Breastfeeding in Parliament

Last week the Parliament of Iceland had a first.  They were addressed by an MP from the podium who was breastfeeding her baby at the same time!  Unnur Bra Konradsdottir, MP declined the offer of a colleague to hold the baby, and just took her up to the podium with her.  Iceland is very relaxed about public breastfeeding, but this was a new one.  Everyone seemed to take it in their stride.

The UK House of Commons

Can you imagine if that was the UK Parliament though?  Here in the UK, we have all sorts of laws protecting the right to breastfeed in public.  But they don’t stretch to the House of Commons.  Infact, breastfeeding is expressly forbidden in the House of Commons.  Back in July an extensive report was published on the matter.  It recommended that breastfeeding should definitely be allowed.  The late Jo Cox MP spoke on the matter, suggesting it would be good for the baby, and good for democracy.  It would allow women MPs with babies to fully participate in the business of the House of Commons.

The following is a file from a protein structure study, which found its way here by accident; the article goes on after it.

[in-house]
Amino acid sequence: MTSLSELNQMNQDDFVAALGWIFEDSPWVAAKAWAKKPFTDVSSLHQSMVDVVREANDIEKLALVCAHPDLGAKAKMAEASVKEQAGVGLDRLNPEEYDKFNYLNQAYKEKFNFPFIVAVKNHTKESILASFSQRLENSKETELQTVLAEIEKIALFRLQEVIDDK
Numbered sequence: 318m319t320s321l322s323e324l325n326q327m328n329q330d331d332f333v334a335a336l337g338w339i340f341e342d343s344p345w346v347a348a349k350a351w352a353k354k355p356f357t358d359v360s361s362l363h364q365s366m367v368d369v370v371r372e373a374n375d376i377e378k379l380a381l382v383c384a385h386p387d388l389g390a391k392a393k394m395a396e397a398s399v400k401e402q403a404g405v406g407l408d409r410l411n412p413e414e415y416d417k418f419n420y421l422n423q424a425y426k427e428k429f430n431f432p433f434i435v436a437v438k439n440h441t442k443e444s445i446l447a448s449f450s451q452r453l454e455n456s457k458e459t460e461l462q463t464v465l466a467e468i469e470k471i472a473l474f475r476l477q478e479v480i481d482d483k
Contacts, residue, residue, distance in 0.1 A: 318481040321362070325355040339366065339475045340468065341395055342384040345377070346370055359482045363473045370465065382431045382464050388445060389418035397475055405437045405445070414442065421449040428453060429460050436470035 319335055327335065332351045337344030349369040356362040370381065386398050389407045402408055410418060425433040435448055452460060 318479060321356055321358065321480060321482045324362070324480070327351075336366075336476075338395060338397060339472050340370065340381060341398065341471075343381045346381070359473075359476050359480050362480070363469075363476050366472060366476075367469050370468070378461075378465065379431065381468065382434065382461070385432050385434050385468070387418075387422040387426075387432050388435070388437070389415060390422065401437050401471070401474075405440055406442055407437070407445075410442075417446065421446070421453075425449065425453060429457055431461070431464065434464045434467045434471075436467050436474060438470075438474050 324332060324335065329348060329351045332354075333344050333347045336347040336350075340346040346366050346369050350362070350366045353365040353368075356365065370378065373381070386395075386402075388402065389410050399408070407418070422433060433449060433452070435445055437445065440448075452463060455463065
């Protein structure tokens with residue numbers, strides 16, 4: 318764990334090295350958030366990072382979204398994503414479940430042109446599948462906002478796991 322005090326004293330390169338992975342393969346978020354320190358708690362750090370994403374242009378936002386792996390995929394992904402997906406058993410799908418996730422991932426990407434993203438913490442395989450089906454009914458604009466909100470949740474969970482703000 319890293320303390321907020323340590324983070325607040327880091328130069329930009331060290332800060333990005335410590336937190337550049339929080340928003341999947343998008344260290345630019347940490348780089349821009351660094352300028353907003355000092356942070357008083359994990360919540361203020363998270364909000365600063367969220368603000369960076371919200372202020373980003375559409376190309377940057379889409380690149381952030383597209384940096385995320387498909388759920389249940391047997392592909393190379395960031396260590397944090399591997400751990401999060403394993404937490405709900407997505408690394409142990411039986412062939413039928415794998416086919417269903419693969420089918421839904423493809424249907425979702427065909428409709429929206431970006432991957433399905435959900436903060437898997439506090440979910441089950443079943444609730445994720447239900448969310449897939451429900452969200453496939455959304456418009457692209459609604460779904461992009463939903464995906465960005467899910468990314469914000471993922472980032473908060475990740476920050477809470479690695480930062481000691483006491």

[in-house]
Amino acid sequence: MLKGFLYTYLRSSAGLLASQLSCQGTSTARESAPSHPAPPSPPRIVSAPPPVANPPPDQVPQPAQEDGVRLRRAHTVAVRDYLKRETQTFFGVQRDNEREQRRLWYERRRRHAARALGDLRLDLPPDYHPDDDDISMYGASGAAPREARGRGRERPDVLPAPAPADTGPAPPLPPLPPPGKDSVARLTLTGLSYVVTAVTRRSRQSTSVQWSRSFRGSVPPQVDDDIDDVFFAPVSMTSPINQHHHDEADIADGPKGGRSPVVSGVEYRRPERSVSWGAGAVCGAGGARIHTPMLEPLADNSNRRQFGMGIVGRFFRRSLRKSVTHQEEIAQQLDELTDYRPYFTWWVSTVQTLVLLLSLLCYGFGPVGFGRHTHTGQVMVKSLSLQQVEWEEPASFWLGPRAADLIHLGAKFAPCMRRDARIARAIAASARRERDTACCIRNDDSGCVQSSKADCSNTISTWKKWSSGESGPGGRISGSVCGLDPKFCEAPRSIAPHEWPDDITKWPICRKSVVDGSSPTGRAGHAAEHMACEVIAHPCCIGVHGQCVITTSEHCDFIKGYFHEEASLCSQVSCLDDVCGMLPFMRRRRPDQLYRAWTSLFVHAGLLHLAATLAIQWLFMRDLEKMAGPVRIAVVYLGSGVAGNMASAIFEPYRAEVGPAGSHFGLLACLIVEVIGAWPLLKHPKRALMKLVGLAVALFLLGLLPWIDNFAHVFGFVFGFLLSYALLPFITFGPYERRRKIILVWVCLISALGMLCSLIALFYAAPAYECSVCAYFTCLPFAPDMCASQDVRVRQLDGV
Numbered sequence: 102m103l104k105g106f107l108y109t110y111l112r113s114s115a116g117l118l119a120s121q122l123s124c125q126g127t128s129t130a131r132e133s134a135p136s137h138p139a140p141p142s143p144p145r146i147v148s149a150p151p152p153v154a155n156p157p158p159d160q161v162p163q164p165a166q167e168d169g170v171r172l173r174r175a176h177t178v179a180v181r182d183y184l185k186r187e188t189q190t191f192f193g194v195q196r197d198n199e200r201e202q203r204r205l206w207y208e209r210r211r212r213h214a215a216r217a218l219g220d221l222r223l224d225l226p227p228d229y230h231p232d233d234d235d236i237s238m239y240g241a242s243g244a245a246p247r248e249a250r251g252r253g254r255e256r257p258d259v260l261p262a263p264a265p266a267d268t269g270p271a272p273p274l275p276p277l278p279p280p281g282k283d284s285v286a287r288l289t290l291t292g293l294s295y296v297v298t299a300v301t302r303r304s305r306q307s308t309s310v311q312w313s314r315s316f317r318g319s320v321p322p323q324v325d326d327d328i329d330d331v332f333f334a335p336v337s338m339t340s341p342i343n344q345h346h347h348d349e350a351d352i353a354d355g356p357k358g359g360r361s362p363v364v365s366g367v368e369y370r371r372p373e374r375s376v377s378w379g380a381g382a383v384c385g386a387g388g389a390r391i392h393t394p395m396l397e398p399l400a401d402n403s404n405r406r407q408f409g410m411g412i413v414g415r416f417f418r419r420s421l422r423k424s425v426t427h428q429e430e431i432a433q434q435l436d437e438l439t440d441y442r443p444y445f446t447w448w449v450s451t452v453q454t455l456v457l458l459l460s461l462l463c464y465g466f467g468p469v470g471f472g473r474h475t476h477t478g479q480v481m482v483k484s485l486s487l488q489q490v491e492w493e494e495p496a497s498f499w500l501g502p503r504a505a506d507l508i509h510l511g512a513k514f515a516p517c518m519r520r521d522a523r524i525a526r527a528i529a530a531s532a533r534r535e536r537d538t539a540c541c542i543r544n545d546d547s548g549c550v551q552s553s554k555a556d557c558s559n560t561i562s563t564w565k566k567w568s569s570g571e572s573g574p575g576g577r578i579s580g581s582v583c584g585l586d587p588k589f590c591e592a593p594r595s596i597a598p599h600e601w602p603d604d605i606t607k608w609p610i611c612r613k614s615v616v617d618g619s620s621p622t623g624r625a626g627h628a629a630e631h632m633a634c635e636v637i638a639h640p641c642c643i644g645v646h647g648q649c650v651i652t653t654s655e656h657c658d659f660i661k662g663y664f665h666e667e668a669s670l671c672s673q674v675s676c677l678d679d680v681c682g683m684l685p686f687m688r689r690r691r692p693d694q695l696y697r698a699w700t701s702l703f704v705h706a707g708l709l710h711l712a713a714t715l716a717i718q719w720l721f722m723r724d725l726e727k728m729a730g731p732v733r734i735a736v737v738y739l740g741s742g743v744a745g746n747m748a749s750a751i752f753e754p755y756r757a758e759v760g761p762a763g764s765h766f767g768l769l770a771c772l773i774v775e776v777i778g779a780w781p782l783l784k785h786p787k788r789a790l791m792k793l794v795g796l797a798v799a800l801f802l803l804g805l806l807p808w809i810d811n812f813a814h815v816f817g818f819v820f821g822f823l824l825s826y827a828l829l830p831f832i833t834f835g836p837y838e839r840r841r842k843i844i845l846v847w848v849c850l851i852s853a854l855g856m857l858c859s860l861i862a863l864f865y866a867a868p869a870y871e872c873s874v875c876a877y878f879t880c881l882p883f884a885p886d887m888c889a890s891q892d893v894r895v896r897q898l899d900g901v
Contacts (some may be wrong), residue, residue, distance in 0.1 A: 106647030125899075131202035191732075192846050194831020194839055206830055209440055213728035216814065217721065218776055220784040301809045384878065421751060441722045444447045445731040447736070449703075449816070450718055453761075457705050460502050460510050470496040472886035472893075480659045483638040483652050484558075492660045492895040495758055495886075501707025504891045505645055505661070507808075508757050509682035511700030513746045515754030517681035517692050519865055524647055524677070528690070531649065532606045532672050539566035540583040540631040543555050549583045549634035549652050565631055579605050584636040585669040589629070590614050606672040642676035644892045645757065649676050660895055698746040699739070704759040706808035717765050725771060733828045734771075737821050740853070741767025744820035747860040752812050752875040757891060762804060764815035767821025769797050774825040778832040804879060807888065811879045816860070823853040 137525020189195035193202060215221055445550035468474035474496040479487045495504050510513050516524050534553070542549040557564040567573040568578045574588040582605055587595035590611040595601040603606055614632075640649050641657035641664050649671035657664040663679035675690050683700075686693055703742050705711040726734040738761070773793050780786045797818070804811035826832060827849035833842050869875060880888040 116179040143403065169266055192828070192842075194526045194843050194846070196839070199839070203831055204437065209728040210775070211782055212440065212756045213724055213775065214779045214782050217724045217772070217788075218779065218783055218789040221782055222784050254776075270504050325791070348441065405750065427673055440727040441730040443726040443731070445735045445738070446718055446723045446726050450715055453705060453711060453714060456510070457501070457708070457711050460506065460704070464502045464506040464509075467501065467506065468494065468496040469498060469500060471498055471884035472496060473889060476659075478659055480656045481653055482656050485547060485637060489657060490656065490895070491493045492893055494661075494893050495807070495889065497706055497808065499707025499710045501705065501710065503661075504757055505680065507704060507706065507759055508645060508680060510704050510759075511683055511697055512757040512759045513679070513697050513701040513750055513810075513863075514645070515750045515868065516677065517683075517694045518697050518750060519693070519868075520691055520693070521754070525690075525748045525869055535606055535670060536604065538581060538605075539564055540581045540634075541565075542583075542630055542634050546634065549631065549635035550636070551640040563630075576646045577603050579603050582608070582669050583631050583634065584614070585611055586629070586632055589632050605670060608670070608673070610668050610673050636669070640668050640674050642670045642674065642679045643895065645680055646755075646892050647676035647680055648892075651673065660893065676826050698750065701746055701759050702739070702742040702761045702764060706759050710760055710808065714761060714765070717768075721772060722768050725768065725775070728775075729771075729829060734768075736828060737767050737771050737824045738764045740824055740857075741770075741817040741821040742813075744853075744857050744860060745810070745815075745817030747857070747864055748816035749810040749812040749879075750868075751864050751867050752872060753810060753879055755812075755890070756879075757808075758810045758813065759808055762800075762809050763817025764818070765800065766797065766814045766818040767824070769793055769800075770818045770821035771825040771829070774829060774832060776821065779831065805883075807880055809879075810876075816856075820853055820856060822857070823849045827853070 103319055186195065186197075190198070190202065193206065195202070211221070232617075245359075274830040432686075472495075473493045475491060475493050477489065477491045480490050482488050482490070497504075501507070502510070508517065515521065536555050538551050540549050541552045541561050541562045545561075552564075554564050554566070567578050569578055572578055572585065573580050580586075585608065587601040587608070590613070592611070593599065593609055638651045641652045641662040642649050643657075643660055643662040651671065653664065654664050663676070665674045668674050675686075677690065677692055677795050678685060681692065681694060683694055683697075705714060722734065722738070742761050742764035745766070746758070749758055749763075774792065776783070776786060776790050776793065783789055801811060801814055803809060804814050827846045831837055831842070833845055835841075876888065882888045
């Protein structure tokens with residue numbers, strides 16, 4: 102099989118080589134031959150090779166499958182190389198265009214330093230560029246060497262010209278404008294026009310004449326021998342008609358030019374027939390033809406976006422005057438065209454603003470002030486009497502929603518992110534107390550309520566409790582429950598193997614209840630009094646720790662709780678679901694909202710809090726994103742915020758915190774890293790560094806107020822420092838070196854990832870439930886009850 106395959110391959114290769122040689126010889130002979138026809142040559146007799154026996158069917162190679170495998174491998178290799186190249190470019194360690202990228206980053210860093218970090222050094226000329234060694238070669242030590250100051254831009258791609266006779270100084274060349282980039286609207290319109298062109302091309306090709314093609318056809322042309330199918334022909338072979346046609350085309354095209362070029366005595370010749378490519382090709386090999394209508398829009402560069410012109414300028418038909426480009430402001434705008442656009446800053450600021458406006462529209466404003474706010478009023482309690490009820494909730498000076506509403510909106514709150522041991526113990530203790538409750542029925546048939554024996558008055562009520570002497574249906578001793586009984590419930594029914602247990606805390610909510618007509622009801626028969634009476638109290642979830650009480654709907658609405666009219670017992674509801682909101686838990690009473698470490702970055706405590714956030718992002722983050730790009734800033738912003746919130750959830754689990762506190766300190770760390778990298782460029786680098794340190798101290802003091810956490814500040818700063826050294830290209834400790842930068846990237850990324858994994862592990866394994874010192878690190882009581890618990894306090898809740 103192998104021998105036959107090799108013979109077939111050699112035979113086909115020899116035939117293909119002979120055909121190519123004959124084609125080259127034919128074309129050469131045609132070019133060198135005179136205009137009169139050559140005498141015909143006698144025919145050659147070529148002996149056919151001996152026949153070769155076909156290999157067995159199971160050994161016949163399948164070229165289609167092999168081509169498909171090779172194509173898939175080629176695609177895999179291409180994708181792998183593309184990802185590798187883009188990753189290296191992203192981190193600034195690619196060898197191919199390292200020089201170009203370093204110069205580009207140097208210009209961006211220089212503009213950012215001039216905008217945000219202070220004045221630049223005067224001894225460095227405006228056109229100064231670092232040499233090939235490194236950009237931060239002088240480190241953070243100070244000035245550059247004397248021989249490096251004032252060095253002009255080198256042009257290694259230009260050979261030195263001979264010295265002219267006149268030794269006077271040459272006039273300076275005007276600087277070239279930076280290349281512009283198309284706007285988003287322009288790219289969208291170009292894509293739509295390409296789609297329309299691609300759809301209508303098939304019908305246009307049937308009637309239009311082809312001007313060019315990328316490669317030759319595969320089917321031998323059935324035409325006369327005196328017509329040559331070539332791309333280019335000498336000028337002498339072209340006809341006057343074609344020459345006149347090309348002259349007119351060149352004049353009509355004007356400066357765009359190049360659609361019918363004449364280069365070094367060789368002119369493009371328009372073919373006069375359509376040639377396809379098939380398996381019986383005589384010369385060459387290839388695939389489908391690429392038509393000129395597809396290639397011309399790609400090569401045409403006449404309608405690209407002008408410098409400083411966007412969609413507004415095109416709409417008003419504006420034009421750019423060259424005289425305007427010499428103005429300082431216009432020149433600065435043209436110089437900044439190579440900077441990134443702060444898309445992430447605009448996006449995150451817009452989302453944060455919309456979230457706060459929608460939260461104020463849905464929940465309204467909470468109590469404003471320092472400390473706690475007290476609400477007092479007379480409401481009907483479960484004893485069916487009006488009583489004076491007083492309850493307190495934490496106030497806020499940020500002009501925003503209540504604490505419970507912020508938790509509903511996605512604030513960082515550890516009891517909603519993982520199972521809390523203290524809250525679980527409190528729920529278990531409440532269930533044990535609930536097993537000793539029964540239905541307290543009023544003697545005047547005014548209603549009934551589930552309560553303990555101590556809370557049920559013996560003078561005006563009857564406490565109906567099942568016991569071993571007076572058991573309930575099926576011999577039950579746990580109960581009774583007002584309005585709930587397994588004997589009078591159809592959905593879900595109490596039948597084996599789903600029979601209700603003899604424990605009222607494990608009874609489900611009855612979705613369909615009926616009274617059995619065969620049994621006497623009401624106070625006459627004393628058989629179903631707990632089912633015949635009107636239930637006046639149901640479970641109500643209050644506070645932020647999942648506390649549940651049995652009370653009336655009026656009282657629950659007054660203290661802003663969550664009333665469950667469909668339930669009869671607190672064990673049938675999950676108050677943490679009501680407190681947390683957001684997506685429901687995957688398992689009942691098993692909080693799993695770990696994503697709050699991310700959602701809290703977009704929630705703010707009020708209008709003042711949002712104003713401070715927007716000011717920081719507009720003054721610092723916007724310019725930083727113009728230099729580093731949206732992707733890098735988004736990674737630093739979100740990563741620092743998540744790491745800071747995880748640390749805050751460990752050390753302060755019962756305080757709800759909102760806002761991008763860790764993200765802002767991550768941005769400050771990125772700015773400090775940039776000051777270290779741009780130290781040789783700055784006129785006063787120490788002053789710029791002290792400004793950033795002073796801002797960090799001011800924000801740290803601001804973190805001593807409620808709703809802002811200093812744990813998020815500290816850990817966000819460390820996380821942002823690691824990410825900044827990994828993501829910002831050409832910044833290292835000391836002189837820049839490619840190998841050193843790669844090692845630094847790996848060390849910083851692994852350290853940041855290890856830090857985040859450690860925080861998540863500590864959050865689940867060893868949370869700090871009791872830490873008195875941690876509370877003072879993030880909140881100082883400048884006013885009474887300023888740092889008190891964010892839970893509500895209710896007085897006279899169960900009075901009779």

Sammy Wilson, DUP MP for East Antrim disagreed.  He felt that breastfeeding in the House of Commons would be exhibitionist.  “If you have somewhere else to go (to feed) whiy do you have to come into the House of Commons…?” he said.  His party later contradicted him, saying they thought breastfeeding was good for babies and that MPs who had infants should be able to feed them.

Whatever the consensus is though, the John Bercow MP, Speaker of the House has not endorsed the recommendations.  Breastfeeding is still not allowed.  It’s not the first time a recommendation has been ignored by the UK House of Commons.  A similar report in 2002 was ignored and the ban on breastfeeding upheld by the then Speaker Michael Martin.

The Most Natural Thing in the World

But back in Iceland, it’s all just a matter of nature.  Konradsdottir said it would anyway have been more disruptive not to carry on feeding her daughter.   The 6 week old infant has been attending committee meetings and parliament almost since she was born.  Konradsdottir said that breast feeding is “the most natural thing in the world”.  And we agree with her.  We’d love to see the UK House of Commons endorse that report.  Good for the baby, good for democracy! 

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